Andersen, a North Thurston School District middle school resource math teacher who also taught in the Yelm school district from 2012 to 2018, views virtual school learning from the other side of the computer so to speak.
Her experience with remote teaching has, in a word, been dreadful. The experience for her and other teachers has been especially deflating because the prevailing wisdom in early March was that school would remain closed only for about three weeks.
“In the spring, we were all learning this thing that we had never done, and it was extremely difficult for teachers, students, families — just everybody,” Andersen recalled.
And though she longed to resume traditional teaching, she nevertheless feared the potential hazards in-person instruction might engender. She especially didn’t want to bring home the virus to her 74-year-old husband Terry Andersen, who at the time had a heart condition and eventually died of a heart attack on Sept. 15 that was not related to the virus.
Terry’s death, her online teaching, and the threat of COVID-19 have teamed up to pummel her sense of order.
“I’ve been very overwhelmed because of my teaching career,” she said. “I’ve never worked this hard before, and I feel like a first-year math teacher with all the stress and anxiety.”
But ironically, Andersen has developed a love-hate relationship with the computer technology she’s strived to assimilate in her classroom.
“I don’t enjoy having to use the technology for the classroom rather than in-person teaching, but I also love it because it’s keeping me in contact with people who have been my solid support system,” she said.
Like Andersen, longtime Roy resident Kathy Blodgett, 68, another of Murdock’s friends, has not had COVID-19. She, however, knew two people through family associations who died from the virus and another who was hospitalized. The tragedies heightened her desire to avoid what sometimes seemed like an inevitable calamity.
“It felt like it was getting closer and closer to me,” she said. “It just wasn’t something out there that was happening to other people.”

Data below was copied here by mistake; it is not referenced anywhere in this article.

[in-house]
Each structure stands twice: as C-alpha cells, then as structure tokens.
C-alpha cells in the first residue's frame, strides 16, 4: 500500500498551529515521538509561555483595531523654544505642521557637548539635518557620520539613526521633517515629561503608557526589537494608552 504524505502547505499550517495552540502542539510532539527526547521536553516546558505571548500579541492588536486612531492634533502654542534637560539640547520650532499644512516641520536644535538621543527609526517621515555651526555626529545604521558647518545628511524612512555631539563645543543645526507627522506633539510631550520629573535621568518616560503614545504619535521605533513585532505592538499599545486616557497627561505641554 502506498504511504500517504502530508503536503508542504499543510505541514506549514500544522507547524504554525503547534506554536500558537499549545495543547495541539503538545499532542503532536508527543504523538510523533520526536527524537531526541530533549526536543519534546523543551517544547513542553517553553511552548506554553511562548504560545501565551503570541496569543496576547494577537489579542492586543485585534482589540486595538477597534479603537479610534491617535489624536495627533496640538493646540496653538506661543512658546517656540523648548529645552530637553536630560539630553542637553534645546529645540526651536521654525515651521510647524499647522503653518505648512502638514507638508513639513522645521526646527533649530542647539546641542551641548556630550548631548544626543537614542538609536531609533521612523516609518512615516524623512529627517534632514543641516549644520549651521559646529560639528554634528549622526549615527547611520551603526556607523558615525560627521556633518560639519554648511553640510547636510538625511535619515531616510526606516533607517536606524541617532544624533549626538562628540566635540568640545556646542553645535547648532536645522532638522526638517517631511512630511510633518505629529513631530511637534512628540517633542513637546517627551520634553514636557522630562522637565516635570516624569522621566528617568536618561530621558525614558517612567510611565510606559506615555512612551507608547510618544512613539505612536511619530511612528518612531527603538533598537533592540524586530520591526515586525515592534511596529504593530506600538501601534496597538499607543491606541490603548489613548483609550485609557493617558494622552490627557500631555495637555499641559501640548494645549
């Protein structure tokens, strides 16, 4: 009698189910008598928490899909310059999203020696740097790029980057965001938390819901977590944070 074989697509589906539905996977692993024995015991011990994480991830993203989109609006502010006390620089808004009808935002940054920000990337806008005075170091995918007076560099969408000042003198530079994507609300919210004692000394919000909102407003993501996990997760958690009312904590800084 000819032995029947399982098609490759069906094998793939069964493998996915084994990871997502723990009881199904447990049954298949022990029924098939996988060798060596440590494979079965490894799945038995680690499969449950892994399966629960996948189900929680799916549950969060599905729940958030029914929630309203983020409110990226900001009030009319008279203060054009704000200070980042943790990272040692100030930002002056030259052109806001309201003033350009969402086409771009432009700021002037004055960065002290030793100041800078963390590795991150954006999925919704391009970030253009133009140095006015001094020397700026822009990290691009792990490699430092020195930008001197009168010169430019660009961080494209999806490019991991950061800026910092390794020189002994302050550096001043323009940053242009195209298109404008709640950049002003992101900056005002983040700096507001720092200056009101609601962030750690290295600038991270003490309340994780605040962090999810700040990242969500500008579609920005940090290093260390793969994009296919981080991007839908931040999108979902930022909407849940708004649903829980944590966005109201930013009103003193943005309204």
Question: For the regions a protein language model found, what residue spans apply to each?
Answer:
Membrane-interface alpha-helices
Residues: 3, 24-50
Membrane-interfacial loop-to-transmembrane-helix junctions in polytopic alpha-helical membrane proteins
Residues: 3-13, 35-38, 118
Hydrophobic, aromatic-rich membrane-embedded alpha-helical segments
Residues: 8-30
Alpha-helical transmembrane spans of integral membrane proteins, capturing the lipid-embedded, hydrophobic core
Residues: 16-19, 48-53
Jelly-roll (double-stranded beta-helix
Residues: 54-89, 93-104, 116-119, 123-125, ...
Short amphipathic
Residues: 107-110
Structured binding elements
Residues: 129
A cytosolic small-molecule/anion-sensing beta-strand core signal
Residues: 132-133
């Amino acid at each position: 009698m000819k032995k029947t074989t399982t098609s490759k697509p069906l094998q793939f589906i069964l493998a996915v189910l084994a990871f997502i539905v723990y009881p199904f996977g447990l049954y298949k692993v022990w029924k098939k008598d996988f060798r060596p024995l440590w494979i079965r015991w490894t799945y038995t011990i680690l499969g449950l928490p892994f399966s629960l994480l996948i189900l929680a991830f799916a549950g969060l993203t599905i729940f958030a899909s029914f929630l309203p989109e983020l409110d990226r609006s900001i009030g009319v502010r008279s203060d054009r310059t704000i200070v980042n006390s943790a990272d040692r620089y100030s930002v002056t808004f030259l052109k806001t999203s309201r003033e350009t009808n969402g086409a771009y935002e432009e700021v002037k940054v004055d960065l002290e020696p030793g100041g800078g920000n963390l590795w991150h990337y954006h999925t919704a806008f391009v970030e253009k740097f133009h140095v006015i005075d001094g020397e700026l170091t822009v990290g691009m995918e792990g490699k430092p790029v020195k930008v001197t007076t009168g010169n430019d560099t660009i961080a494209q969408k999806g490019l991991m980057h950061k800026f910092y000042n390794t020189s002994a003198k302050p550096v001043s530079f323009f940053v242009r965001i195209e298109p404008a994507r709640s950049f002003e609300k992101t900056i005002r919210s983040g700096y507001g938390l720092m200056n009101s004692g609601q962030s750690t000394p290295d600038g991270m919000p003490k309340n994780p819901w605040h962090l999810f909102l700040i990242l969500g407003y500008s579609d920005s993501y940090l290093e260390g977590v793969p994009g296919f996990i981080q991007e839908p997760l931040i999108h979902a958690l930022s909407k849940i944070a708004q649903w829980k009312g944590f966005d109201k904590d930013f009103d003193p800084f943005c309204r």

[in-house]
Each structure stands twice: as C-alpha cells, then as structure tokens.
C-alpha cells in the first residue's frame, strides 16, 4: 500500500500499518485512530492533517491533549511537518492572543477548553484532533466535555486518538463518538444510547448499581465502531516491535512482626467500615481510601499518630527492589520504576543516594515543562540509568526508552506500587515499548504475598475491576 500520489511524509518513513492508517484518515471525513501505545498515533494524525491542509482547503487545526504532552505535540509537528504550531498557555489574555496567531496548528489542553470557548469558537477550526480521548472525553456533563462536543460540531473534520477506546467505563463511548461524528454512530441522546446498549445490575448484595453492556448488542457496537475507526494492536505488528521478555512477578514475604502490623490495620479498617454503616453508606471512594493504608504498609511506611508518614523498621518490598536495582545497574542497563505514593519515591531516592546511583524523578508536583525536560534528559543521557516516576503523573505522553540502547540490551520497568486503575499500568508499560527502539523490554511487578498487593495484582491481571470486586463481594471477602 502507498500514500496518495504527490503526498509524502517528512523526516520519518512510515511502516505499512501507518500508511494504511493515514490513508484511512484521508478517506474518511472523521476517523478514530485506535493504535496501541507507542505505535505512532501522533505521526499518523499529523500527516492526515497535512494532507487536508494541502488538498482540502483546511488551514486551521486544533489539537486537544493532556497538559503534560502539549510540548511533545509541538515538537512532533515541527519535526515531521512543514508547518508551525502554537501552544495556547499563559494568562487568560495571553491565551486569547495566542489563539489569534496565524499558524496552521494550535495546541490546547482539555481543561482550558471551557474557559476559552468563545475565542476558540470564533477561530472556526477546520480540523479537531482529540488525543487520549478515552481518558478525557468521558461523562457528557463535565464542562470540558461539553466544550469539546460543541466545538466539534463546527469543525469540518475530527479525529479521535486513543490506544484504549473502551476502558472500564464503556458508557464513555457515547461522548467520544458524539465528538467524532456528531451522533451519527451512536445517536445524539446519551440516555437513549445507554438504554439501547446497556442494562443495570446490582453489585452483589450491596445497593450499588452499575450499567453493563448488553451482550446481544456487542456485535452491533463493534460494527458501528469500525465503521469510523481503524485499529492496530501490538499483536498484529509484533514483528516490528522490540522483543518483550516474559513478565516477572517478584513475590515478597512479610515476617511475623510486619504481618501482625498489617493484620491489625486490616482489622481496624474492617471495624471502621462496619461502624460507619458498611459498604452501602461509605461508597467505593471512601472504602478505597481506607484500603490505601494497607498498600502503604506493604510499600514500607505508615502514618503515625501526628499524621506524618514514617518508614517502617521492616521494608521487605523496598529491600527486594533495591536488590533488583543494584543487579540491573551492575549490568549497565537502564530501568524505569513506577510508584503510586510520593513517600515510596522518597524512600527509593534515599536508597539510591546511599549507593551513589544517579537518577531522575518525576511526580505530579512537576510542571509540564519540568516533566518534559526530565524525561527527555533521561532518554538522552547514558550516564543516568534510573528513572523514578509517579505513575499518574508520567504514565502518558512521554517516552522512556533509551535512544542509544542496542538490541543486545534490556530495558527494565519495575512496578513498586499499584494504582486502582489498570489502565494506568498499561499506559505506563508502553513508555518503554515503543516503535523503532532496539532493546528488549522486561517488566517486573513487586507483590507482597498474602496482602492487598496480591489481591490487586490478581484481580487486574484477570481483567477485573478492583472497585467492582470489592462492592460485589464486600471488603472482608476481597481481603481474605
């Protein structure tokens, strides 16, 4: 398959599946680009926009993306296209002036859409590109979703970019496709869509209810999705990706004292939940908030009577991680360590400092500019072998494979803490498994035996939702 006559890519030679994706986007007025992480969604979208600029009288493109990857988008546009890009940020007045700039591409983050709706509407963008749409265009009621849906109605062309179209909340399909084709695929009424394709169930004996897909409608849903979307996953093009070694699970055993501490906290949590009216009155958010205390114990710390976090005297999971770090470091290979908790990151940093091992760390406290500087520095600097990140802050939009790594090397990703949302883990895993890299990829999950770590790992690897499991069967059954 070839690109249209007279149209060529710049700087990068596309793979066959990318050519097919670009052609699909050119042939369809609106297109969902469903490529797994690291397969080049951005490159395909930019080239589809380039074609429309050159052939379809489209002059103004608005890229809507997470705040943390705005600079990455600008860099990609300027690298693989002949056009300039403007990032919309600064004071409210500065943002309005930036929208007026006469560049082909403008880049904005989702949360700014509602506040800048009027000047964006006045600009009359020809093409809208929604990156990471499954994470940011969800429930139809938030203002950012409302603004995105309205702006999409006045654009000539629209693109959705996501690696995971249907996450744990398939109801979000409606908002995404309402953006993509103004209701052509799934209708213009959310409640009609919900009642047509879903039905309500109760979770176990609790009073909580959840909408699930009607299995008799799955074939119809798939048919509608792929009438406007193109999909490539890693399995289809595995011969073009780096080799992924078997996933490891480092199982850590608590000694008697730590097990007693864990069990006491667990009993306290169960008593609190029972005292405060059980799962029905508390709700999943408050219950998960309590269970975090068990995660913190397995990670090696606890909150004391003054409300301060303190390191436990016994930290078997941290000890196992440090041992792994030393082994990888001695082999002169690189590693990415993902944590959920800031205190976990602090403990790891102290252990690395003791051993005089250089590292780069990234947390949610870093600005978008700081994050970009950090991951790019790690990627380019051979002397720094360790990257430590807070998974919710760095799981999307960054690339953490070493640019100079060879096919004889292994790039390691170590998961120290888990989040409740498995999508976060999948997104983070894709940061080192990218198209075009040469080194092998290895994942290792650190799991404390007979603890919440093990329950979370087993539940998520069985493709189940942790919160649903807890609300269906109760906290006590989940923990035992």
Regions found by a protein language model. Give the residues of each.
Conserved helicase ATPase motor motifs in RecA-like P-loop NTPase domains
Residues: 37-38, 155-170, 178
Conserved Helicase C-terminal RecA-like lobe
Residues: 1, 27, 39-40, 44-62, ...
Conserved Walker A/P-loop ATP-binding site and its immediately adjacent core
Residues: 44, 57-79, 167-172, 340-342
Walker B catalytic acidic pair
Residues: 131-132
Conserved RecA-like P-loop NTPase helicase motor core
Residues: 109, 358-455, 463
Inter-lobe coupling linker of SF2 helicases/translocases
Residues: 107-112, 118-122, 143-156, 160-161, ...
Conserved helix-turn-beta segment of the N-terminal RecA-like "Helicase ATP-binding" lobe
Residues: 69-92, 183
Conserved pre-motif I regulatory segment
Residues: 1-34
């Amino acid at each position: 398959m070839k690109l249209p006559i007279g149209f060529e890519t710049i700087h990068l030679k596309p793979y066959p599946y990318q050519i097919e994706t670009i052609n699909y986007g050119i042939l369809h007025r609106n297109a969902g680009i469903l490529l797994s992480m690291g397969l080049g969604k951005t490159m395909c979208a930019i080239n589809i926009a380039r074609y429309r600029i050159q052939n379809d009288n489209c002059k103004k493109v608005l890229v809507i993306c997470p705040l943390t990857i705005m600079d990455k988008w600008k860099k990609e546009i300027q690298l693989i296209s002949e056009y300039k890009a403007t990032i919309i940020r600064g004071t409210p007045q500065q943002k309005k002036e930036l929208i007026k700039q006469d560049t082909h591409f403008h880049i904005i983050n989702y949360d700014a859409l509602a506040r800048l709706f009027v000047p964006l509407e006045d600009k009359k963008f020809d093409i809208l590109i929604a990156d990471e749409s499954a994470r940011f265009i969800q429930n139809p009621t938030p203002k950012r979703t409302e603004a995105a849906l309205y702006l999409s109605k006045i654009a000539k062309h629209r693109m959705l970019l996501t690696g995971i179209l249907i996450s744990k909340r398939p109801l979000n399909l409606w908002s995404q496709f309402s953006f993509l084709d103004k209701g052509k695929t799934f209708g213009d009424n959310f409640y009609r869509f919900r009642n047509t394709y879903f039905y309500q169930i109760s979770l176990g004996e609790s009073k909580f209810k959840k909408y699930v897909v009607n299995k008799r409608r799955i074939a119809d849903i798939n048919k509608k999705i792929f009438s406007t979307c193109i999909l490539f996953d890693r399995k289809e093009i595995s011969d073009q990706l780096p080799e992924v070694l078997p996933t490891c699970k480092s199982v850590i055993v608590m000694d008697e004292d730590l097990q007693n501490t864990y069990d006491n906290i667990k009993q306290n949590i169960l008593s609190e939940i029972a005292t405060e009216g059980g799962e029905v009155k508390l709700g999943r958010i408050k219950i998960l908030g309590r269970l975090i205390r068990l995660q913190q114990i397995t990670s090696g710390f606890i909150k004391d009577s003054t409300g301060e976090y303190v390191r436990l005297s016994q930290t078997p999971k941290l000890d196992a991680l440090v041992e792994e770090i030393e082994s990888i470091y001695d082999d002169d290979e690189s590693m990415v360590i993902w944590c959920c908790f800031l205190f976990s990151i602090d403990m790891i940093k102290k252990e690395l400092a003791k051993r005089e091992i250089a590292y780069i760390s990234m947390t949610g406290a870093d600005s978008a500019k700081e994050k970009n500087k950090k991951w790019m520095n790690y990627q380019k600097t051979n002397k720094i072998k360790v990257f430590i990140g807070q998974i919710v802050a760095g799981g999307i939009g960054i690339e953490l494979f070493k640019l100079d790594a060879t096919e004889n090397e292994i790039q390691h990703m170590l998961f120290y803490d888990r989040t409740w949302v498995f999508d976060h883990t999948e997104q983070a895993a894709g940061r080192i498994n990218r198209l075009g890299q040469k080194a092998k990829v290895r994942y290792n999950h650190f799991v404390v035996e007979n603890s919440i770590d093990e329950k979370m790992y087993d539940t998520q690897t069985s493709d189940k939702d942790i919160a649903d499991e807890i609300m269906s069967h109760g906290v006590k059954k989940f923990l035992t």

The situation reinforced her and her husband Jim’s decision to form their own “bubble” around immediate family members — a decision made more critical because Jim suffers from severe asthma. The bubble includes their son, daughter-in-law and three grandchildren who live across the road from them. Kathy and Jim also have two other daughters who live out of town.
“We interact all the time, but only with each other,” explained Blodgett, who retired in 2014 after 20 years as a program manager for the Washington State Department of Early Learning, Early Support for Infants and Toddlers Program. “And right from the very beginning we listened to experts and scientists about how to stay safe.”
For many people in Blodgett’s age group — which includes all of Murdock’s recent guests — relying on scientific fact overshadows all other considerations.
“Clients who are 55 years and older are all much more conservative and worried about what could happen,” Murdock explained. “They adhere much more to established and proven guidelines.”
For Blodgett that means a severely truncated daily schedule that now includes purchasing groceries online, visiting grocery stores only during early morning senior hours when her items can be placed in the back of her car, and getting mail just once a week on Sunday mornings.
“I used to go out every day for lunch or to get the mail, but not now,” she said.
Now, her immediate thoughts go something like this: “How will my actions potentially affect those around me? Am I putting them in jeopardy by doing this, or this, or this ...?”
These types of decisions are especially crucial when people are in close relationships — and living under one roof, Blodgett stressed.
“When you’re in a partnership, you’re having to make decisions based on each other’s risk-aversion level,” she said, adding that it could be as simple as deciding whether to eat at a restaurant. One partner may be all for it, the other hesitant because of potential COVID-19 contamination.
“It’s a big change in managing life,” Blodgett said. “Such basic things we were used to are not the same.”
And the whole mess makes her mad.
“I’m more angry about everything that’s going on, and we have had to navigate that,” Blodgett said. “We’re having to manage intense emotions around all the hard things happening around the world.”
And that’s when coping mechanisms come into play, Murdock suggested.
“Relieving stress, identifying emotions and finding activities that help keep people safe, less worried and existing in the present moment can be very helpful,” she said.
For Blodgett that has translated into such outlets as meditation, gardening, coloring, video chatting with friends, taking walks, limiting TV news, and grabbing take-out food for lunches with friends at home or in parks.
“I’ve had to take more steps to manage my emotions and to feel a sense of well being,” she said. “I’m trying to look for wisdom and healers who are giving us good advice on our self care.”
For Holli Howatson, that sense of well being may lie simply in the confidence she exudes. She’s pretty darn sure she’ll defeat COVID-19 if it comes for her.
“I’m not afraid of dying from it,” she concluded. “I think I’d survive because I’m healthy, and I plan to live to be 110. We’re going to come out of this better than ever, but I just don’t know when.”